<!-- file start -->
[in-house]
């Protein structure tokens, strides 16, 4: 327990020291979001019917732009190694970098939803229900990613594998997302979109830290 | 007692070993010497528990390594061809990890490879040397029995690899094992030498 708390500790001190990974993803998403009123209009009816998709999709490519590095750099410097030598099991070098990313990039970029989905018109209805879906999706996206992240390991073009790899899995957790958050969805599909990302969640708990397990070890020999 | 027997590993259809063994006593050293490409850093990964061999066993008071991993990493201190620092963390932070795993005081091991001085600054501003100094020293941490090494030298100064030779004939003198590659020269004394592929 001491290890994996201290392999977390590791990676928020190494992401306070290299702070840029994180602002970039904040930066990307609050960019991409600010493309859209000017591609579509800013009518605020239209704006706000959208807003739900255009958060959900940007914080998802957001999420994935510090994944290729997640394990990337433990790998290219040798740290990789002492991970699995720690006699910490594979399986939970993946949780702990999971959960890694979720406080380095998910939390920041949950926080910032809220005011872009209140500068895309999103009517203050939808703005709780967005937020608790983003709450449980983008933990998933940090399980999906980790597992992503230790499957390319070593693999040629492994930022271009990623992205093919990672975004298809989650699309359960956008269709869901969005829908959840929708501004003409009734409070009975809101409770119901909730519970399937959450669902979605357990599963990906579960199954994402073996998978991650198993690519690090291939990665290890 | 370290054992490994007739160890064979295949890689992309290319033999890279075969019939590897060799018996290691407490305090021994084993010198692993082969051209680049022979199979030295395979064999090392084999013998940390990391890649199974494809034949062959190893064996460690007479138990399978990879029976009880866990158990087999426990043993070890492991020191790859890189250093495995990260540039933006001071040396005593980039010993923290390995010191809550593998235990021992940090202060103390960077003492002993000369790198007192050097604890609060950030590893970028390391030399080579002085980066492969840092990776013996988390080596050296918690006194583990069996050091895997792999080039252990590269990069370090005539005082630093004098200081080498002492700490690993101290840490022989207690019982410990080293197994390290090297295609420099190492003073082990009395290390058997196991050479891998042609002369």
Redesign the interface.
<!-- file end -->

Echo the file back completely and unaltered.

[in-house]
């Protein structure tokens, strides 16, 4: 327990020291979001019917732009190694970098939803229900990613594998997302979109830290 | 007692070993010497528990390594061809990890490879040397029995690899094992030498 708390500790001190990974993803998403009123209009009816998709999709490519590095750099410097030598099991070098990313990039970029989905018109209805879906999706996206992240390991073009790899899995957790958050969805599909990302969640708990397990070890020999 | 027997590993259809063994006593050293490409850093990964061999066993008071991993990493201190620092963390932070795993005081091991001085600054501003100094020293941490090494030298100064030779004939003198590659020269004394592929 001491290890994996201290392999977390590791990676928020190494992401306070290299702070840029994180602002970039904040930066990307609050960019991409600010493309859209000017591609579509800013009518605020239209704006706000959208807003739900255009958060959900940007914080998802957001999420994935510090994944290729997640394990990337433990790998290219040798740290990789002492991970699995720690006699910490594979399986939970993946949780702990999971959960890694979720406080380095998910939390920041949950926080910032809220005011872009209140500068895309999103009517203050939808703005709780967005937020608790983003709450449980983008933990998933940090399980999906980790597992992503230790499957390319070593693999040629492994930022271009990623992205093919990672975004298809989650699309359960956008269709869901969005829908959840929708501004003409009734409070009975809101409770119901909730519970399937959450669902979605357990599963990906579960199954994402073996998978991650198993690519690090291939990665290890 | 370290054992490994007739160890064979295949890689992309290319033999890279075969019939590897060799018996290691407490305090021994084993010198692993082969051209680049022979199979030295395979064999090392084999013998940390990391890649199974494809034949062959190893064996460690007479138990399978990879029976009880866990158990087999426990043993070890492991020191790859890189250093495995990260540039933006001071040396005593980039010993923290390995010191809550593998235990021992940090202060103390960077003492002993000369790198007192050097604890609060950030590893970028390391030399080579002085980066492969840092990776013996988390080596050296918690006194583990069996050091895997792999080039252990590269990069370090005539005082630093004098200081080498002492700490690993101290840490022989207690019982410990080293197994390290090297295609420099190492003073082990009395290390058997196991050479891998042609002369």
Redesign the interface.